By the Late Middle Ages biscuits cookies in the U. Grain, either as bread crumbs or flour, was also the most common thickener of soups and stews, alone or in combination with almond milk. The importance of bread as a daily staple meant that bakers played a crucial role in any medieval community.
Bread consumption was high in most of Western Europe by the 14th century. Estimates of bread consumption from different regions are fairly similar: Among the first town guilds to be organized were the bakers', and laws and regulations were passed to keep bread prices stable.
The English Assize of Bread and Ale of listed extensive tables where the size, weight, and price of a loaf of bread were regulated in relation to grain prices. The baker's profit margin stipulated in the tables was later increased through successful lobbying from the London Baker's Company by adding the cost of everything from firewood and salt to the baker's wife, house, and dog.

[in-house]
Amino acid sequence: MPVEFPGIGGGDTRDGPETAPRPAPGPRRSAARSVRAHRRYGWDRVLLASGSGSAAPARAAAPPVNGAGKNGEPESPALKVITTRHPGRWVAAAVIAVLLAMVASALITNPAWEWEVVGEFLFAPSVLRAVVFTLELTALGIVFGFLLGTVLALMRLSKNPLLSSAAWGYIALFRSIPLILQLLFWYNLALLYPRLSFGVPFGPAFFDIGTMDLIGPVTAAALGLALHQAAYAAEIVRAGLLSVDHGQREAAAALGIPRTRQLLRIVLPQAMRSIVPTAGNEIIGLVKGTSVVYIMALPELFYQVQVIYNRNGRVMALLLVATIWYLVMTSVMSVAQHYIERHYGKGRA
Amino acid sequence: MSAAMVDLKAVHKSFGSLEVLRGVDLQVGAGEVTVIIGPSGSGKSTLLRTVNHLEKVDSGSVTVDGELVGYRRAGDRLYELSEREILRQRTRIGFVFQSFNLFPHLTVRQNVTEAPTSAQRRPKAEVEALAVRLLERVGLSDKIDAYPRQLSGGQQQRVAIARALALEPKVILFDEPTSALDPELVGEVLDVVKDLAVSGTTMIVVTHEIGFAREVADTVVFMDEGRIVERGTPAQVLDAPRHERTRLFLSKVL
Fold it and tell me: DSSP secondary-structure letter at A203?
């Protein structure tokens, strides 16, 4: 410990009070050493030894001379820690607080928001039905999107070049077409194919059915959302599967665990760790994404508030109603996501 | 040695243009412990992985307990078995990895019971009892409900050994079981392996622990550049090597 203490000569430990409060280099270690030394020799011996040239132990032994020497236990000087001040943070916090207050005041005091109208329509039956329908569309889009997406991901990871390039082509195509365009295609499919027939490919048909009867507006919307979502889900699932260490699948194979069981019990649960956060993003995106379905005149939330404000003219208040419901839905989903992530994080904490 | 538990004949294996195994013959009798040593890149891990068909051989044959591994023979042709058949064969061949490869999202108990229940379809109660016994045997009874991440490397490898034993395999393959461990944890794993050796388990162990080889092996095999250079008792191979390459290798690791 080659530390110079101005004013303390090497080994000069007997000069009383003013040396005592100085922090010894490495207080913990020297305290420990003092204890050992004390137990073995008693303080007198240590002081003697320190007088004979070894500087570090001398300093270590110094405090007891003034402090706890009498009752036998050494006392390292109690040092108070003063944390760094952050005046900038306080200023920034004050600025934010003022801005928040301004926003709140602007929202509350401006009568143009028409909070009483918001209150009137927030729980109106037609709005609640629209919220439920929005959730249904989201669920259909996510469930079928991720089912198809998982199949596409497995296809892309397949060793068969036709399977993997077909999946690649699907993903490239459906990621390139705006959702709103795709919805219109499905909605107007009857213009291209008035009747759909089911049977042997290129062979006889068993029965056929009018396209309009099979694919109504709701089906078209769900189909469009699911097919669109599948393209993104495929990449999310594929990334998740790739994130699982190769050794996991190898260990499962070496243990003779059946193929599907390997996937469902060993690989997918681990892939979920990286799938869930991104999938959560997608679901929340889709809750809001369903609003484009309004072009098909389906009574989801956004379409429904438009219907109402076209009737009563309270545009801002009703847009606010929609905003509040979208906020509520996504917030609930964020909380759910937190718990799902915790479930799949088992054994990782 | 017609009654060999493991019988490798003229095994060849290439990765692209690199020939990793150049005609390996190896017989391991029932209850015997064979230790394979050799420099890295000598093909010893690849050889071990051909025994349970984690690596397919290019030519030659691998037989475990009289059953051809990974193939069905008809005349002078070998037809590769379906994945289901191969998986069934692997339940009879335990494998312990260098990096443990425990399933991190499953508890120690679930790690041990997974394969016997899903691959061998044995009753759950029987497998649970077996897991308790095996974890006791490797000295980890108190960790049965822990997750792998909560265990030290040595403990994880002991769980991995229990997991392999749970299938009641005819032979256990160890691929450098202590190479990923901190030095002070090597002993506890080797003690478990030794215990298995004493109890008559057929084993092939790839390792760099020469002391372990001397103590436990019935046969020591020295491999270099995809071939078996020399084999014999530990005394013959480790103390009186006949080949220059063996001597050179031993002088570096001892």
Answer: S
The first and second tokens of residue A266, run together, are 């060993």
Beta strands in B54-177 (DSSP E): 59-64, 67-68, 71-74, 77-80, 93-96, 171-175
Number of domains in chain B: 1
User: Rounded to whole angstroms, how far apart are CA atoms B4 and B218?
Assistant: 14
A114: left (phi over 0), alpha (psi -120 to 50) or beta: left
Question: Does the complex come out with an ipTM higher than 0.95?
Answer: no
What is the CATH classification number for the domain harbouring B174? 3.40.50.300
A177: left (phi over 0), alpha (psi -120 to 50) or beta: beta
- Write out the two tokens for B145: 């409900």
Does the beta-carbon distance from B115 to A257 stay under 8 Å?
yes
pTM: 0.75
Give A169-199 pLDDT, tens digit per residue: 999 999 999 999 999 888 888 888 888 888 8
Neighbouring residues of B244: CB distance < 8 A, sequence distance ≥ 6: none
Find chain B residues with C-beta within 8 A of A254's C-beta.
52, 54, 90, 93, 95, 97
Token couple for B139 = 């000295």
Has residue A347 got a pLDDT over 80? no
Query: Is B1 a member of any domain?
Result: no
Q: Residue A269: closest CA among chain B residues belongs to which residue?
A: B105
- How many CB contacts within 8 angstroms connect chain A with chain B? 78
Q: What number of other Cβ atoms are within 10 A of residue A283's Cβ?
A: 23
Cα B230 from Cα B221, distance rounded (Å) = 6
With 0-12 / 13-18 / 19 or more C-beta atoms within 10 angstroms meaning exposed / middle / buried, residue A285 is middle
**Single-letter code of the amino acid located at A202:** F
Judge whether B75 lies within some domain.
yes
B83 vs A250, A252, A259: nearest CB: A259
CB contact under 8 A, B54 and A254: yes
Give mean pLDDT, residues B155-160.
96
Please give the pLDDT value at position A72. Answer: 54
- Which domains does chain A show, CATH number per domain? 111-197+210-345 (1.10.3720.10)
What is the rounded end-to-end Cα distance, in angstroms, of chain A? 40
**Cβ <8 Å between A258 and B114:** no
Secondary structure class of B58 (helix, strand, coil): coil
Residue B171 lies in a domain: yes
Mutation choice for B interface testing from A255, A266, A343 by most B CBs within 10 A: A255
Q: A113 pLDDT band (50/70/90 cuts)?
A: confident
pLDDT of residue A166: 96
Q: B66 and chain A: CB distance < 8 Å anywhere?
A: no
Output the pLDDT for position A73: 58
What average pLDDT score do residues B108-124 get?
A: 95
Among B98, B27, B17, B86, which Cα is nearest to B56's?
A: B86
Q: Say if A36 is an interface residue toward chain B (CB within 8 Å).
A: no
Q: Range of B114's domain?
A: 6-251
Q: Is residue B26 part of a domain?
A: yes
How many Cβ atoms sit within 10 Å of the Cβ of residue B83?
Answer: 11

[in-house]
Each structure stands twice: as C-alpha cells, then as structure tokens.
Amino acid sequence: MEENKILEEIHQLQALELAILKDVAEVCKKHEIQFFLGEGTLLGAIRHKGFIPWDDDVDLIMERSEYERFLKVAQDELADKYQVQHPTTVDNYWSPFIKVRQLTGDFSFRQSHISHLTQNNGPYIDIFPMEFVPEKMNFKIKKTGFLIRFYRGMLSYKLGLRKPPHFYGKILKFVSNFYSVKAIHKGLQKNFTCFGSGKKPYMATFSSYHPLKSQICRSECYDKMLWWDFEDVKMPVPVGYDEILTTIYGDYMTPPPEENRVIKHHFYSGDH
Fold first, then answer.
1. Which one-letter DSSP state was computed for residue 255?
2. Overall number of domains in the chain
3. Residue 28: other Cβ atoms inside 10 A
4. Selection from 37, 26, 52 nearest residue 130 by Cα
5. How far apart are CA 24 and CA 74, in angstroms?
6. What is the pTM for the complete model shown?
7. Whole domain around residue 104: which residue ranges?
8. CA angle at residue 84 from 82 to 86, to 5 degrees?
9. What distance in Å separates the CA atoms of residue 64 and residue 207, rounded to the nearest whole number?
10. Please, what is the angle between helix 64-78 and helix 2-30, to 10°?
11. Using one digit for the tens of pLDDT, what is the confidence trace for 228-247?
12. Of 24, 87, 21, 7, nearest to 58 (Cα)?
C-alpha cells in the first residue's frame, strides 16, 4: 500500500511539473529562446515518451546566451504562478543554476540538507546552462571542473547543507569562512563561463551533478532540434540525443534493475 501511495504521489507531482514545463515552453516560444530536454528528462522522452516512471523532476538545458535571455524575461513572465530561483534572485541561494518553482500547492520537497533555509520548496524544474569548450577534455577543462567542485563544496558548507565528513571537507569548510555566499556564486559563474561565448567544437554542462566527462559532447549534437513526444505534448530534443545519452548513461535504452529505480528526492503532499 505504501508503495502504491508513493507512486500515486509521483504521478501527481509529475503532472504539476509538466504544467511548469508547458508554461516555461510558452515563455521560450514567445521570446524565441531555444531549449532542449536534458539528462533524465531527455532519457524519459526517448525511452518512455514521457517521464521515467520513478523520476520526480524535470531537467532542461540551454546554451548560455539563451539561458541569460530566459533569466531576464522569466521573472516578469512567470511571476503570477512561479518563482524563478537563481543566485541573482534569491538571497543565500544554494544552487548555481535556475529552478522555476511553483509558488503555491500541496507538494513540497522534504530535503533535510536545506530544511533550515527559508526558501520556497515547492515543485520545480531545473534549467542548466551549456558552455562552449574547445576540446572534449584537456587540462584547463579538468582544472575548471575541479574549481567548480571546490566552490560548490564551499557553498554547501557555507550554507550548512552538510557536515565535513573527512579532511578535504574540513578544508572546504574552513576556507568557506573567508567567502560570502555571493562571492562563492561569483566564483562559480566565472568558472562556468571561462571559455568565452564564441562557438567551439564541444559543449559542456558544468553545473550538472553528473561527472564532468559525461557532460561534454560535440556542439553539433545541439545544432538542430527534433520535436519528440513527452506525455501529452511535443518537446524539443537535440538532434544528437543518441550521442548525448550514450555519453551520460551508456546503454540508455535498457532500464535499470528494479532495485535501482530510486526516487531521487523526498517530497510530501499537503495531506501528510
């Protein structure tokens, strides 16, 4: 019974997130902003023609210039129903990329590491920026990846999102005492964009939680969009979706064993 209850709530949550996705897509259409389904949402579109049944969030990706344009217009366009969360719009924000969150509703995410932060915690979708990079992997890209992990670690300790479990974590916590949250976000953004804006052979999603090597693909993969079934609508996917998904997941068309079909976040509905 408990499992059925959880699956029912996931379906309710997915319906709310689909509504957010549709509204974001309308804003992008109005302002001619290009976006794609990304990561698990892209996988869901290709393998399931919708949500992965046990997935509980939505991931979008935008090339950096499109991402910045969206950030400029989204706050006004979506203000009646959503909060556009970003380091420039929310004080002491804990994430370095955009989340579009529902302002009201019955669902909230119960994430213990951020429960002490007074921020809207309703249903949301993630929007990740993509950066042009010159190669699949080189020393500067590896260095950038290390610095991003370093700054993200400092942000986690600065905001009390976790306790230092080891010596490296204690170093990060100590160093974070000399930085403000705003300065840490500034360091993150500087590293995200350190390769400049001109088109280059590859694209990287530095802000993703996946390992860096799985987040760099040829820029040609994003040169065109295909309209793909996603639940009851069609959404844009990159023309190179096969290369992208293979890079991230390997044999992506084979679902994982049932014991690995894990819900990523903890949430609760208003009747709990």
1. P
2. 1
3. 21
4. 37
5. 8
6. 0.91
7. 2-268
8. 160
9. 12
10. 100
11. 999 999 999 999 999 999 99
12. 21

Since bread was such a central part of the medieval diet, swindling by those who were trusted with supplying the precious commodity to the community was considered a serious offense. Bakers who were caught tampering with weights or adulterating dough with less expensive ingredients could receive severe penalties.
This gave rise to the " baker's dozen ": While grains were the primary constituent of most meals, vegetables such as cabbage , chard , onions , garlic and carrots were common foodstuffs. Many of these were eaten daily by peasants and workers and were less prestigious than meat. The cookbooks, which appeared in the late Middle Ages and were intended mostly for those who could afford such luxuries, contained only a small number of recipes using vegetables as the main ingredient.